The port of Baltimore has played host to some massive containerships in its time, but none larger than the MSC Sindy, which paid a call Monday at the Seagirt Marine Terminal.
More than 31/2 football fields long and capable of hauling 9,200 20-foot containers, the Panamanian-flag Sindy unloaded more than 900 containers and took on more than 500 during her brief stop in Baltimore between calls in New York and Norfolk.
By this time next year, however, the Sindy could be no more than an average-size containership coming to call on Baltimore. With a 50-foot-deep berth scheduled to open next August, the port can expect to receive visits from containerships half again as large as the Sindy.
The Mediterranean Shipping Co.'s Sindy was a massive presence at the Seagirt docks, where multiple cranes and swarms of trucks tended to her cargo under a bright blue sky. Bright red, yellow and blue containers were stacked 18 rows across and at least seven layers high at her stern, and shipping line officials said she was taking up every bit of the 45 feet of water at her berth.
Mauro Dal Bo, district manager for Mediterranean, said the Asia-bound Sindy was actually the second ship of its class to call on Baltimore. The Sindy's sister ship, the MSC Bruxelles, stopped here two weeks ago on a trial run that the company kept under wraps until it had departed.
The size of containerships is reckoned in "twenty-foot equivalent units," or TEUs, one of which is the size of a 20-foot container. Many containers are 40 feet long, and count as two TEUs.
The Sindy and Bruxelles easily eclipsed the size of the previous record-holders in the port, which carried 8,400 TEUs. But the larger containerships that are expected to call here regularly once the 50-foot berth opens carry about 14,000 TEUs, Dal Bo said.
That berth is being built by Ports America, which has formed a public-private partnership with the Maryland Port Administration, just a few hundred feet to the east of where the Sindy was tied up Monday. The new berth, and the long-reaching cranes being installed to load and unload the ships that use it, are expected to accommodate the larger vessels that will use the Panama Canal when a widening project is completed in 2014.
The Sindy's arrival was hailed by Helen Delich Bentley, the former Maryland congresswoman and maritime industry advocate for whom the port of Baltimore is named. Bentley said the arrival of ships as large as the Sindy shows the importance of the 50-foot-deep channel that is one of the port's selling points.
Bentley said she was miffed recently to hear Virginia Transportation Secretary Sean Connaughton boast that the port of Norfolk was the only East Coast port with a 50-foot-shipping channel. She said that during her congressional career, she successfully pushed to have the channel dredged to a depth of 50 feet — a project that was completed in 1989.
"When I challenged him, he said we don't consider Baltimore to be on the East Coast, that's up the Chesapeake Bay," she said.
While most of the maritime industry considers Baltimore an East Coast port, Bentley said it was important to counter the suggestion that it's not. "Sometimes perception creates problems you don't want," she said.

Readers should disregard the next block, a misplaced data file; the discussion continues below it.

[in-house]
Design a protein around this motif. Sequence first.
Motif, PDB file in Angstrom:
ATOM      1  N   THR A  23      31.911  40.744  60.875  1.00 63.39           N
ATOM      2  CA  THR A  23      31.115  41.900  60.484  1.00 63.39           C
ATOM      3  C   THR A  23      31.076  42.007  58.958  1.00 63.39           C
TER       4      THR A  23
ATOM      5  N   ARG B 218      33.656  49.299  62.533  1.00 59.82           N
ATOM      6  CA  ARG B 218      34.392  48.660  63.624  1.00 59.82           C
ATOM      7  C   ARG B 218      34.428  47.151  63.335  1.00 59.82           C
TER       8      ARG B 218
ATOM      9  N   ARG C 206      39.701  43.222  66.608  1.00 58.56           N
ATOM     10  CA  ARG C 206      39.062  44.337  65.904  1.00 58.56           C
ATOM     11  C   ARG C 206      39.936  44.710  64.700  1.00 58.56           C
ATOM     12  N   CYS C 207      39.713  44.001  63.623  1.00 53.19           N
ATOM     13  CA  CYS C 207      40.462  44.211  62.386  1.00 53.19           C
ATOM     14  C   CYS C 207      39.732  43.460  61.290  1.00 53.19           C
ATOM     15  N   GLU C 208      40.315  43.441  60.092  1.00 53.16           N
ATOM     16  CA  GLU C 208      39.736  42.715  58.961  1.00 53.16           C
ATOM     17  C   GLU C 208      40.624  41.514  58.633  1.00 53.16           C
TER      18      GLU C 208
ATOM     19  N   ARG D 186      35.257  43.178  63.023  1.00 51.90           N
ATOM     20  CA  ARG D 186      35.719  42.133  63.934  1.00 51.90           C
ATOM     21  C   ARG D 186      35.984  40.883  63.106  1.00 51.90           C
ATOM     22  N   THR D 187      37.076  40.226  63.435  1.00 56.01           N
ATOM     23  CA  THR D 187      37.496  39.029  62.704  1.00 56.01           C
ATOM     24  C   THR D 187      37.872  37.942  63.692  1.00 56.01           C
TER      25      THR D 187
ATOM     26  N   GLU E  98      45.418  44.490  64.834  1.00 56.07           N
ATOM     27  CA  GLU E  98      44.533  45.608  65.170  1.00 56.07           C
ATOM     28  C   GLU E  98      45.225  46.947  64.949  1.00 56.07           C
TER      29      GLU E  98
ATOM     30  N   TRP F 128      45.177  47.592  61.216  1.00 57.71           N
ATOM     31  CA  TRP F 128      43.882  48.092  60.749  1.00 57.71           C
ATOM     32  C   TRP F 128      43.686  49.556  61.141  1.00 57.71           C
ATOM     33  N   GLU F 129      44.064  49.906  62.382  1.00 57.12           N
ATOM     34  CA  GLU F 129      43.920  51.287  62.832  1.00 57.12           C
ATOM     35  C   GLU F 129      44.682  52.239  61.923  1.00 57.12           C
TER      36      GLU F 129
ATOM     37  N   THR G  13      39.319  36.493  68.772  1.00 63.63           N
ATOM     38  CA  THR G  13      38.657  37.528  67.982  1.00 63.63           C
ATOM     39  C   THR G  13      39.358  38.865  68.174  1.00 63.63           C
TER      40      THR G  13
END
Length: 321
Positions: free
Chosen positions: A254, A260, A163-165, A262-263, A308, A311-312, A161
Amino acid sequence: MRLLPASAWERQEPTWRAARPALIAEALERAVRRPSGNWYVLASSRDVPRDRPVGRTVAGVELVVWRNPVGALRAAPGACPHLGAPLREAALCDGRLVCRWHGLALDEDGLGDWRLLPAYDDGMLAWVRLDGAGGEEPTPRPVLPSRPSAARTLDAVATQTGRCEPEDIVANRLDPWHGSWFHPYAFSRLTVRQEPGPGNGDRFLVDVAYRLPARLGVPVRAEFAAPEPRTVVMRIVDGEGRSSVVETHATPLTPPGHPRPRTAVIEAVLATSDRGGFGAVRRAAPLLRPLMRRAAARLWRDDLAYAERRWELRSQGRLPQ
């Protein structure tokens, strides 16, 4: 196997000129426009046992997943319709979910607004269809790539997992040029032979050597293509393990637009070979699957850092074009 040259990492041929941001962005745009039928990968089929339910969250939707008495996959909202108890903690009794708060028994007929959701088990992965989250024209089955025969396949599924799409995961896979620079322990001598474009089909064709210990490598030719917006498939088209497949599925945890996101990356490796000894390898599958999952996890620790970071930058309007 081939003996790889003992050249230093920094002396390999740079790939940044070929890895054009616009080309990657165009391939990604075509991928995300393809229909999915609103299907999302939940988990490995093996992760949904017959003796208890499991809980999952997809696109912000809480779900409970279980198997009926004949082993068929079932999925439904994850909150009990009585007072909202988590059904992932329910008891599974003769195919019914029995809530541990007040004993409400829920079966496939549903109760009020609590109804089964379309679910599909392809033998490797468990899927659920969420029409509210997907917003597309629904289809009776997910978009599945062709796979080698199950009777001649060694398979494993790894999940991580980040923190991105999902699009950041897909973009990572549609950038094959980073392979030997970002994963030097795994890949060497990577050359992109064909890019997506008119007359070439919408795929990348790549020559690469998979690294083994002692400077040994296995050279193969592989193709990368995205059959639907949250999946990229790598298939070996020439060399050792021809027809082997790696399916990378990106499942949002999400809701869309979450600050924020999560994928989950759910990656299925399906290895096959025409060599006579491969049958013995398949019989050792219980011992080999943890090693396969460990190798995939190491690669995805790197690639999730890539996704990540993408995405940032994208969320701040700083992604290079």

Joe Harris, a spokesman for the port of Virginia, suggested the secretary might have been joking about Baltimore's position on the East Coast.
Joke or not, Norfolk gets a lot of mileage out of its 50-foot claim.
An Associated Press article from early this year reported that Norfolk was the only East Coast seaport with a 50-foot depth. And Virginia port officials haven't been shy about reinforcing that claim.
"We're the only U.S. East Coast port with 50 feet of water, and as these vessels get bigger and bigger, that channel depth is going to grow in its importance," Jerry A. Bridges, the Virginia Port Authority's executive director, said in a statement on the Port Authority's web site.
It is true that Baltimore, until the new Seagirt berth is completed, will not be able to accommodate containerships that need 50 feet of depth. But Bentley said coal, gypsum and ore ships with that deep a draft routinely call on Baltimore.
New York's port authority is also dredging its shipping channel to 50 feet, but it faces a problem accommodating the largest ships because the Bayonne Bridge between Staten Island and New Jersey is not high enough for them to clear it. Raising that bridge is expected to cost at least $1 billion and to take several years.
The ability to handle large, "post-Panamax" ships — so-called because they won't be able to use the Panama Canal until the widening is complete — is expected to become increasingly important in the maritime business because of the lower cost of shipping in the larger vessels.
Mediterranean has been bringing larger ships to Baltimore and other ports as it has expanded its service to Asia, company officials said.
Marco DiCasagrande, Mediterranean's operations manager in Baltimore, said that as soon as the 50-foot-berth opens, the ocean-going behemoths that now can't be unloaded here will begin to call.
"They'll be here as soon as the port can handle them," he said.